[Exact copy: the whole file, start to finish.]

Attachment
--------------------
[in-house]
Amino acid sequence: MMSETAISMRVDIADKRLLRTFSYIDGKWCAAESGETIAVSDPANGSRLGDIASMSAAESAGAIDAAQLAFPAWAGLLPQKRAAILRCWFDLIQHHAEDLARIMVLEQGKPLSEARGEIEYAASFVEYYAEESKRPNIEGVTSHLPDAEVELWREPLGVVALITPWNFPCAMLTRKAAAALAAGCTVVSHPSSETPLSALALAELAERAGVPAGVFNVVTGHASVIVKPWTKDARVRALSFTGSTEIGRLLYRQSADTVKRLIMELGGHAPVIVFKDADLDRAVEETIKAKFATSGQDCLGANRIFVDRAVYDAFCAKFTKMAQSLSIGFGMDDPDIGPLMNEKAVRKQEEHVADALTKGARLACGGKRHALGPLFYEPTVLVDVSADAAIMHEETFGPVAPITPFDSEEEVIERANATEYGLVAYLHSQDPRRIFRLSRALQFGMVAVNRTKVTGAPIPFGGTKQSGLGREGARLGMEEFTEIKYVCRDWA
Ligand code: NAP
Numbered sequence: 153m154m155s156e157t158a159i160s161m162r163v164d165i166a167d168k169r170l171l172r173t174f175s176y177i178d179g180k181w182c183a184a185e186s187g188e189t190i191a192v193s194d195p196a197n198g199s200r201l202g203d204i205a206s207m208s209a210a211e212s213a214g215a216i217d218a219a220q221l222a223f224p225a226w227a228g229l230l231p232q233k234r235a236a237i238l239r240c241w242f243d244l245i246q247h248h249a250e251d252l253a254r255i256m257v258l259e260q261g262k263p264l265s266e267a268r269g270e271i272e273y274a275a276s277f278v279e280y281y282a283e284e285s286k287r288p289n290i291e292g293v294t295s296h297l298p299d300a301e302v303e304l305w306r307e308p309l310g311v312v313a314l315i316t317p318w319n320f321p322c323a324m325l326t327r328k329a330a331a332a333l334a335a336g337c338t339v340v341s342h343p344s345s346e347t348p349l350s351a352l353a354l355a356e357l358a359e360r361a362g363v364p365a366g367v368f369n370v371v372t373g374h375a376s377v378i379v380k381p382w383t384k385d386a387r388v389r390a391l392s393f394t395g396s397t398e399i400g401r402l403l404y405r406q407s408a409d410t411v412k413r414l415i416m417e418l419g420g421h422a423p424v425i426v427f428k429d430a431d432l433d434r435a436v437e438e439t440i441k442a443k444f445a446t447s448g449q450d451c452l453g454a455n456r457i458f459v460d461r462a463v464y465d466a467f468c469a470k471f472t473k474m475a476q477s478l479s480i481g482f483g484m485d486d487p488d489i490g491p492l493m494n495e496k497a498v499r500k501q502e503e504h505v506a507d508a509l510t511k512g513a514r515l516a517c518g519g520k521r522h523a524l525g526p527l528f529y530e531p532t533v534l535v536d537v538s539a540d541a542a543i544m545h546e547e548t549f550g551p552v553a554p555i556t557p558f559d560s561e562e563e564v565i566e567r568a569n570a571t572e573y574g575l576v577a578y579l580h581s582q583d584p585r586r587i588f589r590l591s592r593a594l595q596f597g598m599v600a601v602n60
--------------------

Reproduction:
[in-house]
Amino acid sequence: MMSETAISMRVDIADKRLLRTFSYIDGKWCAAESGETIAVSDPANGSRLGDIASMSAAESAGAIDAAQLAFPAWAGLLPQKRAAILRCWFDLIQHHAEDLARIMVLEQGKPLSEARGEIEYAASFVEYYAEESKRPNIEGVTSHLPDAEVELWREPLGVVALITPWNFPCAMLTRKAAAALAAGCTVVSHPSSETPLSALALAELAERAGVPAGVFNVVTGHASVIVKPWTKDARVRALSFTGSTEIGRLLYRQSADTVKRLIMELGGHAPVIVFKDADLDRAVEETIKAKFATSGQDCLGANRIFVDRAVYDAFCAKFTKMAQSLSIGFGMDDPDIGPLMNEKAVRKQEEHVADALTKGARLACGGKRHALGPLFYEPTVLVDVSADAAIMHEETFGPVAPITPFDSEEEVIERANATEYGLVAYLHSQDPRRIFRLSRALQFGMVAVNRTKVTGAPIPFGGTKQSGLGREGARLGMEEFTEIKYVCRDWA
Ligand code: NAP
Numbered sequence: 153m154m155s156e157t158a159i160s161m162r163v164d165i166a167d168k169r170l171l172r173t174f175s176y177i178d179g180k181w182c183a184a185e186s187g188e189t190i191a192v193s194d195p196a197n198g199s200r201l202g203d204i205a206s207m208s209a210a211e212s213a214g215a216i217d218a219a220q221l222a223f224p225a226w227a228g229l230l231p232q233k234r235a236a237i238l239r240c241w242f243d244l245i246q247h248h249a250e251d252l253a254r255i256m257v258l259e260q261g262k263p264l265s266e267a268r269g270e271i272e273y274a275a276s277f278v279e280y281y282a283e284e285s286k287r288p289n290i291e292g293v294t295s296h297l298p299d300a301e302v303e304l305w306r307e308p309l310g311v312v313a314l315i316t317p318w319n320f321p322c323a324m325l326t327r328k329a330a331a332a333l334a335a336g337c338t339v340v341s342h343p344s345s346e347t348p349l350s351a352l353a354l355a356e357l358a359e360r361a362g363v364p365a366g367v368f369n370v371v372t373g374h375a376s377v378i379v380k381p382w383t384k385d386a387r388v389r390a391l392s393f394t395g396s397t398e399i400g401r402l403l404y405r406q407s408a409d410t411v412k413r414l415i416m417e418l419g420g421h422a423p424v425i426v427f428k429d430a431d432l433d434r435a436v437e438e439t440i441k442a443k444f445a446t447s448g449q450d451c452l453g454a455n456r457i458f459v460d461r462a463v464y465d466a467f468c469a470k471f472t473k474m475a476q477s478l479s480i481g482f483g484m485d486d487p488d489i490g491p492l493m494n495e496k497a498v499r500k501q502e503e504h505v506a507d508a509l510t511k512g513a514r515l516a517c518g519g520k521r522h523a524l525g526p527l528f529y530e531p532t533v534l535v536d537v538s539a540d541a542a543i544m545h546e547e548t549f550g551p552v553a554p555i556t557p558f559d560s561e562e563e564v565i566e567r568a569n570a571t572e573y574g575l576v577a578y579l580h581s582q583d584p585r586r587i588f589r590l591s592r593a594l595q596f597g598m599v600a601v602n60